September 1, 2015 report
Sea slug found to track seaweed by sniffing its defensive chemicals
(Phys.org)—A team of researchers with the Georgia Institute of Technology has found that one species of sea slug (Elysia tuca) uses chemicals produced defensively by one type of seaweed (Halimeda incrassata) to track down the seaweed. In their paper published in Proceedings of the National Academy of Sciences, the group describes their study and other behaviors of both the slugs and seaweed they observed.
The researchers conducted a series of lab and field experiments to monitor slug and seaweed interactions, and to gather information about the chemicals that came into play. In so doing, they discovered that the slugs were able to track down the seaweed they were looking for by detecting the chemicals that the seaweed normally uses to deflect predators, halimedatetraacetate and 4-hydroxybenzoic acid. They then learned that the slug stabs the seaweed with an appendage called the radula, which it also uses to suck out cytoplasm. Doing so allowed the slugs to obtain energy from the sun, as is normally done with plants—it also provided 60 percent of its carbon intake. As if all that were not enough, the slugs also grabbed some of the halimedatetraacetate and used it as a means for warding off prey. Tracking and preying on the seaweed, the team reports caused an increase in slug population by 12 to 18 fold even though the slugs used the plants to help with their own reproduction efforts only on average for 36 hours.
The researchers report that this is the first instance of the identification of a marine organism mining chemical compounds from an herbivore. They noted that the seaweed did not submit to the invasion without putting up a fight, however, the plants dropped branches where the slugs had attached, severing the relationship between them. The move also likely helped the plant avoid fungal infection, the researchers note. Such branch dropping, they added, led to a reduction in overall growth of the seaweed plant by approximately 50 percent on average.
The team also note that such behavior has been seen in terrestrial ecosystems, which they suggest is interesting because prior studies have shown that terrestrial and marine herbivores split from a common ancestor approximately 400 million years ago, implying that such abilities evolved separately.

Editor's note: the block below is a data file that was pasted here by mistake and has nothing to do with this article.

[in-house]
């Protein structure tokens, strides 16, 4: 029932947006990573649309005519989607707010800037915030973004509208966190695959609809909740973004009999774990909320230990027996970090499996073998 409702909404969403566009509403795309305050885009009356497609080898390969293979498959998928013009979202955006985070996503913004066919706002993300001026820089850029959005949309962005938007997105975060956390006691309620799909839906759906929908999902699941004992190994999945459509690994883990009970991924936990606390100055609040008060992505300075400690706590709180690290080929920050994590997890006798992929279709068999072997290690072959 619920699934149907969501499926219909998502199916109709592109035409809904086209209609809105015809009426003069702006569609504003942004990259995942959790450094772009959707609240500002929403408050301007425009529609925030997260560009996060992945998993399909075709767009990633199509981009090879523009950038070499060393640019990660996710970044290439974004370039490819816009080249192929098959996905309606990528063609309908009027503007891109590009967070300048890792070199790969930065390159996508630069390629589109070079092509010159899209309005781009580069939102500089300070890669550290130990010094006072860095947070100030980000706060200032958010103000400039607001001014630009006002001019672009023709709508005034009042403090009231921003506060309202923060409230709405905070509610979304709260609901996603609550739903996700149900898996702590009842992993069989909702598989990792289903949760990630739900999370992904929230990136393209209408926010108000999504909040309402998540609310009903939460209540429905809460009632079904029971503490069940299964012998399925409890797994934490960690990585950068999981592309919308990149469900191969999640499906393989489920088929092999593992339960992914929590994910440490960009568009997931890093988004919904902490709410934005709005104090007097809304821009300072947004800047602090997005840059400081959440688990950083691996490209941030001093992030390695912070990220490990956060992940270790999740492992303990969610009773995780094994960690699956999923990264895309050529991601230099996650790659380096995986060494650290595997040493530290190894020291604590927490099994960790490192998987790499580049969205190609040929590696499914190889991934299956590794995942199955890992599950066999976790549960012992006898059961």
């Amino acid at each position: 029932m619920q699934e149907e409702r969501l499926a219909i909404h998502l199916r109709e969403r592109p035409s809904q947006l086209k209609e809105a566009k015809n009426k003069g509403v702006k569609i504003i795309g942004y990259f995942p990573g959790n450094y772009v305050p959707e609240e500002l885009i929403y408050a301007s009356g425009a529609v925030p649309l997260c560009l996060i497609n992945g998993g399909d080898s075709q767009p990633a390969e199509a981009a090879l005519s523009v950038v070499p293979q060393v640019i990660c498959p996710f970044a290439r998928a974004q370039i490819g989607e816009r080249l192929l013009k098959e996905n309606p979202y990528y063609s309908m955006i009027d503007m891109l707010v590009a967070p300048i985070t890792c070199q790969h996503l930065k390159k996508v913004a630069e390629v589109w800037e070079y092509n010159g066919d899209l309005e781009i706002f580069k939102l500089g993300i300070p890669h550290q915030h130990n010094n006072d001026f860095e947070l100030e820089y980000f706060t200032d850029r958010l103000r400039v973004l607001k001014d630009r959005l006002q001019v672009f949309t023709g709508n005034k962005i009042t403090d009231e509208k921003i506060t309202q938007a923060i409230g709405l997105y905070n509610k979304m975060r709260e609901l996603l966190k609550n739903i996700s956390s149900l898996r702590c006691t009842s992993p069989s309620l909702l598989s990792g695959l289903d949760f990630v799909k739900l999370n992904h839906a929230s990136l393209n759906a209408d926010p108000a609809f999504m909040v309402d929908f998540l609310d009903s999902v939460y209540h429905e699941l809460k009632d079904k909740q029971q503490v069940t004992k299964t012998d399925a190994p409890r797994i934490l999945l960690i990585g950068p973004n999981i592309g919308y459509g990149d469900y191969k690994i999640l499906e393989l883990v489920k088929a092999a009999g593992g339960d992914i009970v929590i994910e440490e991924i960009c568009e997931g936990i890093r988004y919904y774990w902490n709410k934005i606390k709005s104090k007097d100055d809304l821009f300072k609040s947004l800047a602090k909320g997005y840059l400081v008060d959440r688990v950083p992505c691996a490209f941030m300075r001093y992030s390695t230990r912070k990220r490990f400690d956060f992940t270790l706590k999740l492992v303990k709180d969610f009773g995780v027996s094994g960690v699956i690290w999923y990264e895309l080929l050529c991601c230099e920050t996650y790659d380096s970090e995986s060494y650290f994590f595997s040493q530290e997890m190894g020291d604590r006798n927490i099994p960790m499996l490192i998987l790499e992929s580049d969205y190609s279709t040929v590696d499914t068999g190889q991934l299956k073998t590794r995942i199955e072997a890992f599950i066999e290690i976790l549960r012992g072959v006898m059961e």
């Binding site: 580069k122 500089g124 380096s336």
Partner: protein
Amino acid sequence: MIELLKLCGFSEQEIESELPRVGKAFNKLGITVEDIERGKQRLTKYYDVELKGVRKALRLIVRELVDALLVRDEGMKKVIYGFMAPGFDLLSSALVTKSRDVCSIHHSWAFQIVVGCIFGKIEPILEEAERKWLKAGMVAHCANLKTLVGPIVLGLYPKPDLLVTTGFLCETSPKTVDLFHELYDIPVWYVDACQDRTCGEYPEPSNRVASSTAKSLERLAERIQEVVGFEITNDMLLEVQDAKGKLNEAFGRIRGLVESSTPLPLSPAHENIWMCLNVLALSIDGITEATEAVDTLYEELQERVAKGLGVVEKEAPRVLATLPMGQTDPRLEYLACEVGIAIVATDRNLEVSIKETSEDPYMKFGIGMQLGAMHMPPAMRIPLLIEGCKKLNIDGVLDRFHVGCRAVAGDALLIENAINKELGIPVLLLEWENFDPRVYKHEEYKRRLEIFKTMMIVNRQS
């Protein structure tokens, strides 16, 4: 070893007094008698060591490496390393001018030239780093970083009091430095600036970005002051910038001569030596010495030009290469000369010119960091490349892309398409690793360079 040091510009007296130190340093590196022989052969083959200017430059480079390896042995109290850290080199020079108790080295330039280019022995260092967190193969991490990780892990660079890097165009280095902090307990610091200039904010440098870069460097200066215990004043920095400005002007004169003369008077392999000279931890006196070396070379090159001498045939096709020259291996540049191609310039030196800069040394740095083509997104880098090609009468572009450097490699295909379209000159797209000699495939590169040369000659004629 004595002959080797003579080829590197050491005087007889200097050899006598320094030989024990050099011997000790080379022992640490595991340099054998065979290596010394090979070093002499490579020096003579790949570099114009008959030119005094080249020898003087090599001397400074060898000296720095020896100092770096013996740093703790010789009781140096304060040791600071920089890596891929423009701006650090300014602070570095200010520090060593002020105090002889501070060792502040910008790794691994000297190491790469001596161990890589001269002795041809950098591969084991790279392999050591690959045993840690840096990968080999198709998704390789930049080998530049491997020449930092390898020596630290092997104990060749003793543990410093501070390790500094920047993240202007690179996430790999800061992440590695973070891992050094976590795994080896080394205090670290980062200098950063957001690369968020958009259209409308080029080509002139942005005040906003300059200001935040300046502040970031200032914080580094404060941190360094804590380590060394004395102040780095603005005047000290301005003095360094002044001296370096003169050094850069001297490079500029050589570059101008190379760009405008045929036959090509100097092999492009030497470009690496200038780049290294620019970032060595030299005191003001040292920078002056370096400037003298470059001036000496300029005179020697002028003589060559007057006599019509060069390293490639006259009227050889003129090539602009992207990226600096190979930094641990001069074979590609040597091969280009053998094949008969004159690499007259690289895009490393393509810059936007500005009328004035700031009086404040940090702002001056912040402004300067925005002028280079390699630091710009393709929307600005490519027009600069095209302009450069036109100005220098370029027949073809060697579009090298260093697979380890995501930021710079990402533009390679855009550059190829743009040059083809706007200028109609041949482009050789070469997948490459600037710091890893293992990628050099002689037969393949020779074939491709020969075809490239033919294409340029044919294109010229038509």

Chemical cues regulate key ecological interactions in marine and terrestrial ecosystems. They are particularly important in terrestrial plant–herbivore interactions, where they mediate both herbivore foraging and plant defense. Although well described for terrestrial interactions, the identity and ecological importance of herbivore foraging cues in marine ecosystems remain unknown. Here we show that the specialist gastropod Elysia tuca hunts its seaweed prey, Halimeda incrassata, by tracking 4-hydroxybenzoic acid to find vegetative prey and the defensive metabolite halimedatetraacetate to find reproductive prey. Foraging cues were predicted to be polar compounds but instead were nonpolar secondary metabolites similar to those used by specialist terrestrial insects. Tracking halimedatetraacetate enables Elysia to increase in abundance by 12- to 18-fold on reproductive Halimeda, despite reproduction in Halimeda being rare and lasting for only ∼36 h. Elysia swarm to reproductive Halimeda where they consume the alga's gametes, which are resource rich but are chemically defended from most consumers. Elysia sequester functional chloroplasts and halimedatetraacetate from Halimeda to become photosynthetic and chemically defended. Feeding by Elysia suppresses the growth of vegetative Halimeda by ∼50%. Halimeda responds by dropping branches occupied by Elysia, apparently to prevent fungal infection associated with Elysia feeding. Elysia is remarkably similar to some terrestrial insects, not only in its hunting strategy, but also its feeding method, defense tactics, and effects on prey behavior and performance. Such striking parallels indicate that specialist herbivores in marine and terrestrial systems can evolve convergent ecological strategies despite 400 million years of independent evolution in vastly different habitats.
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